I’m about to leave for a long-awaited trip to Lake Superior.  We’ll take the kayaks, a lovely new tent & good camping gear (the best wedding presents ever); the bikes, some tomatoes from the garden since the plants are now overflowing, books, cameras, and my own cluttered mind, in hopes that the latter can be washed clear in the cold cold waters of the Great Lake.

It’s like jumping off a cliff.

I think about what I’ll come home to with my clearer mind – a ‘before-and-after’ question.

I look around now and I see bags and clothes and recyclables, a painting that needs re-framing, trim for the interior windows on a chair, fireworks left over from Dom’s birthday, a set of bongos, three bats of roxl insulation, a huge bag of birdseed, hats and coats and bags – and that’s just the obvious layer.  Add a psychological one which in part will explain my mental clutter: each item is connected to an ongoing narrative – my gardening shirt from yesterday, which I will wear this evening while mowing the lawn; cardboard recyclables from food we’ve consumed, which we are hoarding for future woodfires; the painting I gave to Grant the first Christmas after we met of a frog (why a frog?) under a tree; the pile of trim made from cherry wood which was a posthumous gift from Grant’s highschool shop teacher; and on it goes.  Please note- the last two sentences are as unnecessarily long as our house is unnecessarily full of stuff. 

writing place of choice downstairs at home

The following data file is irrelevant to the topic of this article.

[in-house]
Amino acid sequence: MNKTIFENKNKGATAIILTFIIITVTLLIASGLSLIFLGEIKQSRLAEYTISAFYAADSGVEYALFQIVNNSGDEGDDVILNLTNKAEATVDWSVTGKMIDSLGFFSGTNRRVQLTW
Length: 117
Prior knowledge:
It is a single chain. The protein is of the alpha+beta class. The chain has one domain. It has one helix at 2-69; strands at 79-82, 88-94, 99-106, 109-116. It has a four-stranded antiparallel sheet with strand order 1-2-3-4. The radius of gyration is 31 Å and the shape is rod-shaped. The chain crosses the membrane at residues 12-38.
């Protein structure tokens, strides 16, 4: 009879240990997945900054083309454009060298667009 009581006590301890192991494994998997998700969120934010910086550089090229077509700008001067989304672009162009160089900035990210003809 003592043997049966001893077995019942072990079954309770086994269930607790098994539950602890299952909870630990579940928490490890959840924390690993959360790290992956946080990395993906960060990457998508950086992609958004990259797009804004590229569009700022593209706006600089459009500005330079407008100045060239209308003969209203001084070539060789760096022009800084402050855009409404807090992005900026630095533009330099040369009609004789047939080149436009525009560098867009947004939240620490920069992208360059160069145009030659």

None of these things are simple – some carry stories heavy with complexity – the roughly oval, green-striped rock, for example, which we brought back from Ireland.  In my mind it goes with a picture of Grant’s dad who is walking alone toward the ocean on Nicholson’s point, his coat billowing in the coastal onshore wind.  The entire family was on this trip back to find Nicholson roots in the North of Ireland, near Kilkeel and the Mournes.  We had a poignant, rich time that was full of laughter and discovery, and two months after we returned, my Father-in-law died suddenly from a heart attack.

taken by a kind passer-by in our rented house in Tipperary, near Nenagh, on the last day of our trip.

For me, the whole story of Bob is embedded in that rock, which nestles against another from Russia, and another from Dunaad in Scotland, and many many others, all holding connection to place – the French River, where we camped with my parents 8 years ago; black basalt from the shore (above); a piece of rubble from the great wall of China.  They rest together in a big wooden salad bowl on legs (another great wedding present), which likely will never be used for salad.

We’ve inherited furniture and plants – desks from McMeekin’s; a dresser that once belonged to my great-grandfather Keebler, who built the Circle Bar factory where my studio is; two christmas cacti-one from Grant’s maternal grandmother, and another from the paternal.  Both those ladies come with stories that could fill volumes.

More psychological clutter. We’re getting better at it, but, when we’re relaxing at home we see all the events, choices, labours, tasks and materials that went into putting the house here these past six years – and also what the next tasks, tools, labours & materials will be. Sometimes this is just not restful.

If I close my eyes, I can hear all the tales from all these things, this house, these posts & beams-  singing softly into the room – each with its own resonance and frequency.  It’s very very rich.

It can also be deafening.

Note from 2016:  I’ll have to do this trip on my own someday.  We didn’t make it to Superior, and the marriage was over by the next summer.  My life is MUCH less cluttered, now.